The history of animation exhibits and the animation studio mock-up room were definitely my favorites. The former showed off what happens behind the scenes of animation and simplified it for kids to understand. There was a huge, mystifying 3d zoetrope which was the centrepiece of the room. You could also see all the “internal organs” of a projector to see how a film is projected. The mock-up room seems like you just stepped in someone’s studio where he was sketching minutes ago. The walls are covered in illustrations, drawing tools and at ton of reference books.

Boom. That’s where it clicked.

Before I got to the museum, I expected it to be a showcase of their work, like other museum I’ve been to. I thought I would be bombarded by the standard “Here’s the producers, here’s the directors, here’s a couple drawings”. Instead, the goal of the museum was to get kids, teens and adults to think that art is cool and get them to want to do art. They didn’t do it by celebrating their output, but by celebrating their process. They got people to get curious and mess around with interactive toys, to observe how the technology works, to try out a secret passage just because it looks cool. It celebrates creativity.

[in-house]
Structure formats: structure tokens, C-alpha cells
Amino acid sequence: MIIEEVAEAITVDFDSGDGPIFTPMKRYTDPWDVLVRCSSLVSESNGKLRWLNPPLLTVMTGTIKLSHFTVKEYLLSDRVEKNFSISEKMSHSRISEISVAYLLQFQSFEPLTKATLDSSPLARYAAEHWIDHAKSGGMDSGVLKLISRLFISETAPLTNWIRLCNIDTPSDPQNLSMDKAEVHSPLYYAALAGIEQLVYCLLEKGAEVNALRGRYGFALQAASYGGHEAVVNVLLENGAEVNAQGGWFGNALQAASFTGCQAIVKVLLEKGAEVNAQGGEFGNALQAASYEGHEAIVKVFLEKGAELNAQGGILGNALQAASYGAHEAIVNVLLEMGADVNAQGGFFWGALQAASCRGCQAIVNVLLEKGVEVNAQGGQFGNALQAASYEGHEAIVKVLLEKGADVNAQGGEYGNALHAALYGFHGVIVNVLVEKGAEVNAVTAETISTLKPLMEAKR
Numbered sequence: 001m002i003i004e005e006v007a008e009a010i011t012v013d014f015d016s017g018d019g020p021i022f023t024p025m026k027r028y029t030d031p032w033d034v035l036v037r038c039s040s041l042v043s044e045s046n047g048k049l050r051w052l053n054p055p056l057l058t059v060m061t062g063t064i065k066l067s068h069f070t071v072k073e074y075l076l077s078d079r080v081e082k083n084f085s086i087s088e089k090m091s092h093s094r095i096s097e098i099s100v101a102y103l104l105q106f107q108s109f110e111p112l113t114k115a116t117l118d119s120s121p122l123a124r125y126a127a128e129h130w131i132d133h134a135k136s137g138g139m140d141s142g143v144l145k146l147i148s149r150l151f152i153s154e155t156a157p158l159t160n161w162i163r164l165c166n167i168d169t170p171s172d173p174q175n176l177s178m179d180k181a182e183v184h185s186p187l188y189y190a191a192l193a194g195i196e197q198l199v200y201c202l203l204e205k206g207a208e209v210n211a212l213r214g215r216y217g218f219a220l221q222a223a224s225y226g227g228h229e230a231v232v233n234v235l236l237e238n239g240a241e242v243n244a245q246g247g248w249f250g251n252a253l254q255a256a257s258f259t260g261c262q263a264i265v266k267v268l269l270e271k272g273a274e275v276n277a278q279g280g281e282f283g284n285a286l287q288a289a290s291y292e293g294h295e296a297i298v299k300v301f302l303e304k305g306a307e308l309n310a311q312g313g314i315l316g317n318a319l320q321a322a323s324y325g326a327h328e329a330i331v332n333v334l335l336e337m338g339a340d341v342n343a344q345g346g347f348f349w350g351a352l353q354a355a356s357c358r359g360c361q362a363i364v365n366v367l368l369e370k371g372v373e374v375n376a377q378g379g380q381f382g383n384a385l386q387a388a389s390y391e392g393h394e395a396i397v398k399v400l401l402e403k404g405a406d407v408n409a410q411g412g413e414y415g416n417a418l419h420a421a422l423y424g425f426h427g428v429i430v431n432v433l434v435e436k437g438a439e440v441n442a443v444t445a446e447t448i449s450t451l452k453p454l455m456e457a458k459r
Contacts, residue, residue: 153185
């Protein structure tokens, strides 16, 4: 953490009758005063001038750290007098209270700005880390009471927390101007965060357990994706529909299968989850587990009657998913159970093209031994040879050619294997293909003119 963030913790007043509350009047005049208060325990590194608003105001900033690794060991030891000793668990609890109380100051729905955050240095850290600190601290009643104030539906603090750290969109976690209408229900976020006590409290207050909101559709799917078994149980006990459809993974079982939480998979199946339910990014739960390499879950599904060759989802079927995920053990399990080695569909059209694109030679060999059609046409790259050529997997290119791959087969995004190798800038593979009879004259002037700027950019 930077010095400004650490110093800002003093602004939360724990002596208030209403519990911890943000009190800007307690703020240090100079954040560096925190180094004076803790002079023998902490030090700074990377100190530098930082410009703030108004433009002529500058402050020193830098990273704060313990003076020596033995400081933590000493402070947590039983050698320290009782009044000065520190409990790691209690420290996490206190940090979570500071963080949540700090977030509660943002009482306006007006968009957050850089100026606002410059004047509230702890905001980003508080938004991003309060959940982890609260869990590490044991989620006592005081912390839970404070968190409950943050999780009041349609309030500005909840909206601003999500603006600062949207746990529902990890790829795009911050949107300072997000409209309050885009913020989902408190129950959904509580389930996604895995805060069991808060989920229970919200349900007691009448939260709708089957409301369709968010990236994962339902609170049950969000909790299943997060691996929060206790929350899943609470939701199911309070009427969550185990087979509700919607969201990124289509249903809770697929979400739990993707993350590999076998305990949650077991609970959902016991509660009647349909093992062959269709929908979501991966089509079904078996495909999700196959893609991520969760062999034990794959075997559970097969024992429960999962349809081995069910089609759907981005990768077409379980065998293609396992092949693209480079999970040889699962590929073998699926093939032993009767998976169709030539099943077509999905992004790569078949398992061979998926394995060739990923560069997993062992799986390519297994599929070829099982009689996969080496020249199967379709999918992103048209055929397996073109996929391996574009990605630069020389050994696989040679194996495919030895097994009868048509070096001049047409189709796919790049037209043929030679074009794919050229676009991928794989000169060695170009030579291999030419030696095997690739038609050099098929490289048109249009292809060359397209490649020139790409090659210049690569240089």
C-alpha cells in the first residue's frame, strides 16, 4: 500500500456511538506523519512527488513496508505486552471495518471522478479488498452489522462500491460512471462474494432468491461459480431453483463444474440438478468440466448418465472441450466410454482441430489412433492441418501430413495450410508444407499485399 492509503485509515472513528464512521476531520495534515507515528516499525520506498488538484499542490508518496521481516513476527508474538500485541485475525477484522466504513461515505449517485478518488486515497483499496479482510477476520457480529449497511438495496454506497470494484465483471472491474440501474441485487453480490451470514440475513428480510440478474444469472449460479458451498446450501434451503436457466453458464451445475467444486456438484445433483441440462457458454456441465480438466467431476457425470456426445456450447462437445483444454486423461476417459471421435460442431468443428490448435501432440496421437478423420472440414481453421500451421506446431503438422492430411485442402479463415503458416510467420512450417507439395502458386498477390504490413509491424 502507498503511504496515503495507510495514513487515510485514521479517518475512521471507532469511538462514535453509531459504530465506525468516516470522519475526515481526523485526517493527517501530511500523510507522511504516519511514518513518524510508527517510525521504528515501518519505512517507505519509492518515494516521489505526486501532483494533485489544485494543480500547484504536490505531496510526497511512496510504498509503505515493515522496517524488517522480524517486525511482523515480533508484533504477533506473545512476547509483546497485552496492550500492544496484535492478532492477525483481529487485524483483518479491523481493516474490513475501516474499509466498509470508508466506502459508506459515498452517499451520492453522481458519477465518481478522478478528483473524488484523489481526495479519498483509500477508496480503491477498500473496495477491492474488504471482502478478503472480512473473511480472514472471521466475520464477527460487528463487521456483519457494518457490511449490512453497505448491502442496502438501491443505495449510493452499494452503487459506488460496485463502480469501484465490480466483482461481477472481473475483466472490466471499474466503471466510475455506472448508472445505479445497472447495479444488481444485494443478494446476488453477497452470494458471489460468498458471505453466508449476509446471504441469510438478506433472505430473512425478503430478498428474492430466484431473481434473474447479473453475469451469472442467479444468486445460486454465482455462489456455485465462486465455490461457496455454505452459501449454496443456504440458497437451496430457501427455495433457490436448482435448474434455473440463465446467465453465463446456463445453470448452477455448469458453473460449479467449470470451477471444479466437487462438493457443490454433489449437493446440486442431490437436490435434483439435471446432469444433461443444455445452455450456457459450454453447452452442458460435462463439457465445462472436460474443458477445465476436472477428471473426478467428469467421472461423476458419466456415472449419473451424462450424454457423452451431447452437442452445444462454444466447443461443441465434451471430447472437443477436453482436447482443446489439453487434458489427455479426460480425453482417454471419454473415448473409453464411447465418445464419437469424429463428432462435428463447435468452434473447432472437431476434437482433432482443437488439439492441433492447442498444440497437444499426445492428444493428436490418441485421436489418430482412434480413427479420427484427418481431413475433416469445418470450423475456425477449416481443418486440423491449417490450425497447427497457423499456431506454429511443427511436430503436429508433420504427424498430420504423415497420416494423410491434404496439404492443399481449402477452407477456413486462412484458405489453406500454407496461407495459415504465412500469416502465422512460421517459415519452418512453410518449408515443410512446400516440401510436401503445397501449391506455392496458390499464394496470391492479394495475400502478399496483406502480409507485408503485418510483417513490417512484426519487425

“What?” you scream, “That has nothing to do with your question! It has nothing to do with wether artists can or cannot be gifted!” you proclaim.

I think it does, and here’s why: If the museum only showed off their output, they would be telling people: “If you can draw exactly like this, you are a great artist.” By concentrating on celebrating their process and making the museum itself super interactive, it teaches “There’s more to making great art than technical skill.”

In a recent interview Hayao Miyazaki himself, the founder of Studio Ghibli, talked about this. You can see the entire interview here.

You see, whether you can draw like this or not, being able to think up this kind of design, it depends on whether or not you can say to yourself, ‘Oh, yeah, girls like this exist in real life.’ […] If you don’t spend time watching real people, you can’t do this, because you’ve never seen it.